Viviana Martinez-Bianchi, MD, FAAFP is the Director of the Duke Family Medicine Residency Program. She graduated from the National University of Rosario, Argentina; from the University of Iowa Family Practice Residency, and did Faculty Development Fellowship with Emphasis in Caring for Minorities and Underserved Populations at the University of Cincinnati in Ohio. She practiced in a rural/ industrial town in Iowa for 5 years before starting her academic faculty career. She is the North American region representative to the Organizational Equity Committee of WONCA (World Organization of Family Physicians), a member of the Duke Academic Council’s Steering Committee Diversity Task Force and a physician trustee of the North Carolina Academy of Family Physicians Foundation. Other activities have included Delegate for Minority Physicians to the Congress of Delegates of the American Academy of Family Physicians, Convener of the National Conference of Special Constituencies of the AAFP. She has chaired the Health Disparities Council of the North Carolina Academy of Family Physicians, and the Commission on Membership and Member Services of the American Academy of Family Physicians. She is or has been a board member or advisory council of several community and collegiate organizations. In 2011 and 2014 she represented civil society, Argentina and WONCA at the United Nations High Level Summit on Chronic Non Communicable Diseases.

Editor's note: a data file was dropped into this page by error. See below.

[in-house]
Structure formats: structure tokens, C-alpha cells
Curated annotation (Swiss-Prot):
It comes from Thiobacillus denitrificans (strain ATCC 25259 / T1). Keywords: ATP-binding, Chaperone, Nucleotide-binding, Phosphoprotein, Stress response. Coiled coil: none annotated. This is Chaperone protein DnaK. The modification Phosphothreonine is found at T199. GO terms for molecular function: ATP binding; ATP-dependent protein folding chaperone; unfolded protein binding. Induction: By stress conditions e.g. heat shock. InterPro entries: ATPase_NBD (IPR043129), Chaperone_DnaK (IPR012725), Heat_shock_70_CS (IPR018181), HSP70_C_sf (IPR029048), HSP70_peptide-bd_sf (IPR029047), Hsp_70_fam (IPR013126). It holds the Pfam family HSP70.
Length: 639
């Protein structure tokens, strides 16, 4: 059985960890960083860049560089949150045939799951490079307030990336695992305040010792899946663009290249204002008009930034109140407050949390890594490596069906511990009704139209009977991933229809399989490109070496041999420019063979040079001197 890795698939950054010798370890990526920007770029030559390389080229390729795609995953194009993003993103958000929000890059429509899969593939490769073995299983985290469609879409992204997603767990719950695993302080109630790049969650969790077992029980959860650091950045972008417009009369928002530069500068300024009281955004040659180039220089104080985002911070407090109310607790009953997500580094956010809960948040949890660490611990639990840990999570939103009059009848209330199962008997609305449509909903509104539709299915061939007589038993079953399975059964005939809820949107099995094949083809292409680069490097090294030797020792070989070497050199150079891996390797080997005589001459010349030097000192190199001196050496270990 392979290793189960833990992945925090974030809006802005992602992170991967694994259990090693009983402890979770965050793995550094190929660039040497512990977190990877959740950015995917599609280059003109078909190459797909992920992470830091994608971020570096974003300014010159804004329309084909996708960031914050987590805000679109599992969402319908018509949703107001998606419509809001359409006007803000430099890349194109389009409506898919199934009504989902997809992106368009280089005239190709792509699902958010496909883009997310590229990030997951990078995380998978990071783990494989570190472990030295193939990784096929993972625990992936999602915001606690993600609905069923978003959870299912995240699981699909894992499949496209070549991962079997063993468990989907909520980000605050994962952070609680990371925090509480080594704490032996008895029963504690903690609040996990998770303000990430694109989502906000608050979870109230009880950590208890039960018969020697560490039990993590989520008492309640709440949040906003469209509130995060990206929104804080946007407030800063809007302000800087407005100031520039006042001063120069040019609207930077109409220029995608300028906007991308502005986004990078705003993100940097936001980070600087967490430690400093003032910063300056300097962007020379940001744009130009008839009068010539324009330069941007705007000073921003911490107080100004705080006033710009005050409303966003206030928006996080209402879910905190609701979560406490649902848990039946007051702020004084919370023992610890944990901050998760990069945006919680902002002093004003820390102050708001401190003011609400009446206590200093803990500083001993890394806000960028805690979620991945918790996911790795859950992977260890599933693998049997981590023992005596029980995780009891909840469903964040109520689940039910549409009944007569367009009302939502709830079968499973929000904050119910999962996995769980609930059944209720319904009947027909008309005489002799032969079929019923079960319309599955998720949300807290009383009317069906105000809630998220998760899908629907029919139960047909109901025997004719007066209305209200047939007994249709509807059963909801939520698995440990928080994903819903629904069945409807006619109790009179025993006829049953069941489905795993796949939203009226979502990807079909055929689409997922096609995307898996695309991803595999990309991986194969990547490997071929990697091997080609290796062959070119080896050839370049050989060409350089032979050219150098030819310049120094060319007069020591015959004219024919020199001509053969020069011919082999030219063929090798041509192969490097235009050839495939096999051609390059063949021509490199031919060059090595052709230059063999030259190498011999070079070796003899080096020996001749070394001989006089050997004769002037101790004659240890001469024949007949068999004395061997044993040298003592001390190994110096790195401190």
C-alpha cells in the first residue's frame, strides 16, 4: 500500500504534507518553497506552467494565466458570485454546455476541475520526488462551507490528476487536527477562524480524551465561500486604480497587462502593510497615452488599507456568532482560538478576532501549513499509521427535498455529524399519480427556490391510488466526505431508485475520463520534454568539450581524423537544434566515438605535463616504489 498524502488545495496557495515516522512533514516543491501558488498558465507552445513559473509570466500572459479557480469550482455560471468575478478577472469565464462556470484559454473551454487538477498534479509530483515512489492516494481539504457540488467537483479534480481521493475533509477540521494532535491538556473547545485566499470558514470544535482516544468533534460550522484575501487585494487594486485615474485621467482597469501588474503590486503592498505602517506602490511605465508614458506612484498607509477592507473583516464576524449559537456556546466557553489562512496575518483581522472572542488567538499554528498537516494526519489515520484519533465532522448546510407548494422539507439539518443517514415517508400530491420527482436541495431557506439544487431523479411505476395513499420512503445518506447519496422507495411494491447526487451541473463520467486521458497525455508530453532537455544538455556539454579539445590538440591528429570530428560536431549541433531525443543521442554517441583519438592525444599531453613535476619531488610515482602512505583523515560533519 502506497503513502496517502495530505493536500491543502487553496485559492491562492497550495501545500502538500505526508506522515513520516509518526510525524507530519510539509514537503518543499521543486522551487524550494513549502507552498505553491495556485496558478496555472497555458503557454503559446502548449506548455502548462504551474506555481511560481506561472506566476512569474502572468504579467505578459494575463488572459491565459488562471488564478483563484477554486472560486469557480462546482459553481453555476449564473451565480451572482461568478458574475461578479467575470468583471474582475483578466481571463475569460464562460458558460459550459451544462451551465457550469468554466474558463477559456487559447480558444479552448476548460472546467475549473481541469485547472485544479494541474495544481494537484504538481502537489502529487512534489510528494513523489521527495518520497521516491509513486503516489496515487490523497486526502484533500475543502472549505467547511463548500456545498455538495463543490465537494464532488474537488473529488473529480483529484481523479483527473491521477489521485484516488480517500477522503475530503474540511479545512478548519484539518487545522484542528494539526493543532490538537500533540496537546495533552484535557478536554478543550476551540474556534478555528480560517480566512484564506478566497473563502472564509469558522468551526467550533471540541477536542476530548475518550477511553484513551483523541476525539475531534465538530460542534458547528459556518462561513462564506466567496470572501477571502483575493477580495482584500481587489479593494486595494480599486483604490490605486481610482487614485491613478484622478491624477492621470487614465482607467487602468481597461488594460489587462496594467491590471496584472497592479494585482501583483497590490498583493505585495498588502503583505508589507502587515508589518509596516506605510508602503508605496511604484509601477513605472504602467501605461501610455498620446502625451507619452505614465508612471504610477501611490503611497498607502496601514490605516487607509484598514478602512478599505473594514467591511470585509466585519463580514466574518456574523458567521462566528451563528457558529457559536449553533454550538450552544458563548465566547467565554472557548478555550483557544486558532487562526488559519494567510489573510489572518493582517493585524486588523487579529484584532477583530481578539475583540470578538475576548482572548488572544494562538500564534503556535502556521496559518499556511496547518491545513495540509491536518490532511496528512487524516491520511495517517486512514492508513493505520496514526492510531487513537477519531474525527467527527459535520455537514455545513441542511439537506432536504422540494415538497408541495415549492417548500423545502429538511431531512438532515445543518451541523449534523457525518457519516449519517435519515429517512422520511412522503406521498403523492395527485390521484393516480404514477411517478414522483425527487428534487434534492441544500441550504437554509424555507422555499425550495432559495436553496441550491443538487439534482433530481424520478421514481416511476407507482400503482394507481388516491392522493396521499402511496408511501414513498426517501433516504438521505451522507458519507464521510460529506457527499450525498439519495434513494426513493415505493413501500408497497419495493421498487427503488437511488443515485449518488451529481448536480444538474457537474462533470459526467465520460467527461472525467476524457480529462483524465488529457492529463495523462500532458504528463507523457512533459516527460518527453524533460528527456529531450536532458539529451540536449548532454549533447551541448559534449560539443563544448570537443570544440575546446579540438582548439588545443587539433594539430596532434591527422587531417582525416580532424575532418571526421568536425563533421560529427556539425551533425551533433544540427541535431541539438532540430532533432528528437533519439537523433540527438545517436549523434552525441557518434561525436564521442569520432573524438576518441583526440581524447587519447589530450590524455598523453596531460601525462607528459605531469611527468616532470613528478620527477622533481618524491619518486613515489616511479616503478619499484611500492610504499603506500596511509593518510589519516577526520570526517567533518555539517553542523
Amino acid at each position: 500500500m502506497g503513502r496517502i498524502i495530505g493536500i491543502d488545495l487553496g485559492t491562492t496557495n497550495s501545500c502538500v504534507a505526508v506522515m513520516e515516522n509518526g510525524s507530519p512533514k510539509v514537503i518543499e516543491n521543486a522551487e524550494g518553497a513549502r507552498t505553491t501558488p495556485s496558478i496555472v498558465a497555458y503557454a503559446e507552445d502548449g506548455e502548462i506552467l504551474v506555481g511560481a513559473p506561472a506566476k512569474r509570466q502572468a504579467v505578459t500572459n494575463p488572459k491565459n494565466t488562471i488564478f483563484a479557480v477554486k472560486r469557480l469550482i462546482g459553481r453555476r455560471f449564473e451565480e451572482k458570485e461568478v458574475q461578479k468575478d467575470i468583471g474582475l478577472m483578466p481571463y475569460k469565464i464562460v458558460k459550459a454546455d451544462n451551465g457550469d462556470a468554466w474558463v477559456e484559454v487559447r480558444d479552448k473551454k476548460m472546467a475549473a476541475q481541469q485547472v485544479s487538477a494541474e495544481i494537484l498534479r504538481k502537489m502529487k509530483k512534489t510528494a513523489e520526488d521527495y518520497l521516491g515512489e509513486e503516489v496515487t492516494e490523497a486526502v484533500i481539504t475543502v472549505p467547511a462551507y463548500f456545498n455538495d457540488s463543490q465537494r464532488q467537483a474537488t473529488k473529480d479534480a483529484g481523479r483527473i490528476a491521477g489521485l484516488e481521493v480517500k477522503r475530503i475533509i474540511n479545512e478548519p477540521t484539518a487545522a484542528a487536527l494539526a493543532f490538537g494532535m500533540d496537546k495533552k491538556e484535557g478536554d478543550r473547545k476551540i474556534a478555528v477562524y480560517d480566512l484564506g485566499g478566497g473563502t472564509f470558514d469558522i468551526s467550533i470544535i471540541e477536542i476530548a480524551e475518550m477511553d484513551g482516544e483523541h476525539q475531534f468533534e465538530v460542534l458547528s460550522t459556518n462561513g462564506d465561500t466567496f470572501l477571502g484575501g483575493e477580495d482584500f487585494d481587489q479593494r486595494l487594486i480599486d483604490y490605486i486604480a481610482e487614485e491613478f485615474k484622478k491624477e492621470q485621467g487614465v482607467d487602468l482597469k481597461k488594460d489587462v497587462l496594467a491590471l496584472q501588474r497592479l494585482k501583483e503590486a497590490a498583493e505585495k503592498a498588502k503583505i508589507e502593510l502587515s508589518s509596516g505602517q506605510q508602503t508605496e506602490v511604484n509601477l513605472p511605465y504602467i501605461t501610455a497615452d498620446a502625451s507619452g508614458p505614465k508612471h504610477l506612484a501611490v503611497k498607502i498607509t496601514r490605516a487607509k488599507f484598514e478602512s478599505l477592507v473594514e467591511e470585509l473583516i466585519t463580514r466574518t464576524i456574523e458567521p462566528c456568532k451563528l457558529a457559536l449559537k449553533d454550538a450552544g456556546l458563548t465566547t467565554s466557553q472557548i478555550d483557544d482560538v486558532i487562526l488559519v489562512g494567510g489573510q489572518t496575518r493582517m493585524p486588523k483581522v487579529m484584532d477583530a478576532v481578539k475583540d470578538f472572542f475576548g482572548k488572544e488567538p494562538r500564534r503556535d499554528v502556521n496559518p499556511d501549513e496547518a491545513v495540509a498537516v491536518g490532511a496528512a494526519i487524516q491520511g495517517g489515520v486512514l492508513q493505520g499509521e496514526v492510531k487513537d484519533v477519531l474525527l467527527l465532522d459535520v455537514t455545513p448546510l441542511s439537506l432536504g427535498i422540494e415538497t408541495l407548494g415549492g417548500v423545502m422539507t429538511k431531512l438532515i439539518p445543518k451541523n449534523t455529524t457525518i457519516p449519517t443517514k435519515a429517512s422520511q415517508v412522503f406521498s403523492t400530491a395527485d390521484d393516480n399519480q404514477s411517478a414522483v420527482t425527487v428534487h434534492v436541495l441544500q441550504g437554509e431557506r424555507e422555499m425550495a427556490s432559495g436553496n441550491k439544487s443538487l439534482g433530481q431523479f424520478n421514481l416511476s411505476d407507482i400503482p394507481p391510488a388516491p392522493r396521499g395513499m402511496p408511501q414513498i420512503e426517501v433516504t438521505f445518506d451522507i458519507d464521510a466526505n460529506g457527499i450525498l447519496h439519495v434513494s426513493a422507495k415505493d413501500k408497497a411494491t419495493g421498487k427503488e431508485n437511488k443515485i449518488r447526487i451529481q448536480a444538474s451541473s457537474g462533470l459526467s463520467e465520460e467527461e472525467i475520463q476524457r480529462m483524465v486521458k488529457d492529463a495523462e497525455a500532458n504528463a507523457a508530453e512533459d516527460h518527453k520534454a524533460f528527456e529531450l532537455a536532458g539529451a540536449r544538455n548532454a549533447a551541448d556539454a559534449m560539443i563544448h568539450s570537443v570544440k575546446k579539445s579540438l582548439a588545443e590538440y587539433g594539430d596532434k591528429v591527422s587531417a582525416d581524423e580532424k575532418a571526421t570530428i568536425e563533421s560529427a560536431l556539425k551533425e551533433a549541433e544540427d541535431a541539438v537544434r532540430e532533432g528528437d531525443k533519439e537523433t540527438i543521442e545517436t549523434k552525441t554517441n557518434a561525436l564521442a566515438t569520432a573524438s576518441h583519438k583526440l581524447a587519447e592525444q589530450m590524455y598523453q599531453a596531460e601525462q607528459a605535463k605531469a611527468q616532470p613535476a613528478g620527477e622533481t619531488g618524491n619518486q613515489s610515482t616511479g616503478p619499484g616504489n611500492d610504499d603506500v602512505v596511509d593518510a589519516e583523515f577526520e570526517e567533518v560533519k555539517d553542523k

Elizabeth Wiley, MD, JD, MPH is is a resident at the University of Maryland in Baltimore and Past President of the American Medical Student Association (AMSA). She graduated from George Washington University School of Medicine and received her JD and Masters of Public Health from the University of Michigan. She has served on the National Resident Matching Program board of directors and completed a Fulbright Fellowship in Norway.